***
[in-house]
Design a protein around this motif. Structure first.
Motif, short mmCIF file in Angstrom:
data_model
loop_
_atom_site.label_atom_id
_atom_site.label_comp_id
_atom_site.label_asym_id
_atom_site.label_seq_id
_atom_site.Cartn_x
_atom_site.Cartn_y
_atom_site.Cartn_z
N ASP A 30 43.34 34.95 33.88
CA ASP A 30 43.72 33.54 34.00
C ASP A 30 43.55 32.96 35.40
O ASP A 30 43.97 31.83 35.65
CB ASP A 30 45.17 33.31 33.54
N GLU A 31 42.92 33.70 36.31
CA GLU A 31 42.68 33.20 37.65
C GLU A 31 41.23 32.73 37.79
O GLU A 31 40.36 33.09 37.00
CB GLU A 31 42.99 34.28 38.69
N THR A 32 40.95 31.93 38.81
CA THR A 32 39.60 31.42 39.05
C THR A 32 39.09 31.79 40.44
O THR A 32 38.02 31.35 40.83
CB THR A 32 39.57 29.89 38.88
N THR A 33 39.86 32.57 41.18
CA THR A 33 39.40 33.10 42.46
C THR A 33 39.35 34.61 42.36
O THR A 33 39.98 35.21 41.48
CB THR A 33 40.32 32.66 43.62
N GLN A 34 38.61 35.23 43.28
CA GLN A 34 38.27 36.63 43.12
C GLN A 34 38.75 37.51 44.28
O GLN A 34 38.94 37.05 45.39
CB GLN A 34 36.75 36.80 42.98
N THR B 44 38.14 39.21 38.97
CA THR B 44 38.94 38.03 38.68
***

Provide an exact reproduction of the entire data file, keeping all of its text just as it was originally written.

[in-house]
Design a protein around this motif. Structure first.
Motif, short mmCIF file in Angstrom:
data_model
loop_
_atom_site.label_atom_id
_atom_site.label_comp_id
_atom_site.label_asym_id
_atom_site.label_seq_id
_atom_site.Cartn_x
_atom_site.Cartn_y
_atom_site.Cartn_z
N ASP A 30 43.34 34.95 33.88
CA ASP A 30 43.72 33.54 34.00
C ASP A 30 43.55 32.96 35.40
O ASP A 30 43.97 31.83 35.65
CB ASP A 30 45.17 33.31 33.54
N GLU A 31 42.92 33.70 36.31
CA GLU A 31 42.68 33.20 37.65
C GLU A 31 41.23 32.73 37.79
O GLU A 31 40.36 33.09 37.00
CB GLU A 31 42.99 34.28 38.69
N THR A 32 40.95 31.93 38.81
CA THR A 32 39.60 31.42 39.05
C THR A 32 39.09 31.79 40.44
O THR A 32 38.02 31.35 40.83
CB THR A 32 39.57 29.89 38.88
N THR A 33 39.86 32.57 41.18
CA THR A 33 39.40 33.10 42.46
C THR A 33 39.35 34.61 42.36
O THR A 33 39.98 35.21 41.48
CB THR A 33 40.32 32.66 43.62
N GLN A 34 38.61 35.23 43.28
CA GLN A 34 38.27 36.63 43.12
C GLN A 34 38.75 37.51 44.28
O GLN A 34 38.94 37.05 45.39
CB GLN A 34 36.75 36.80 42.98
N THR B 44 38.14 39.21 38.97
CA THR B 44 38.94 38.03 38.68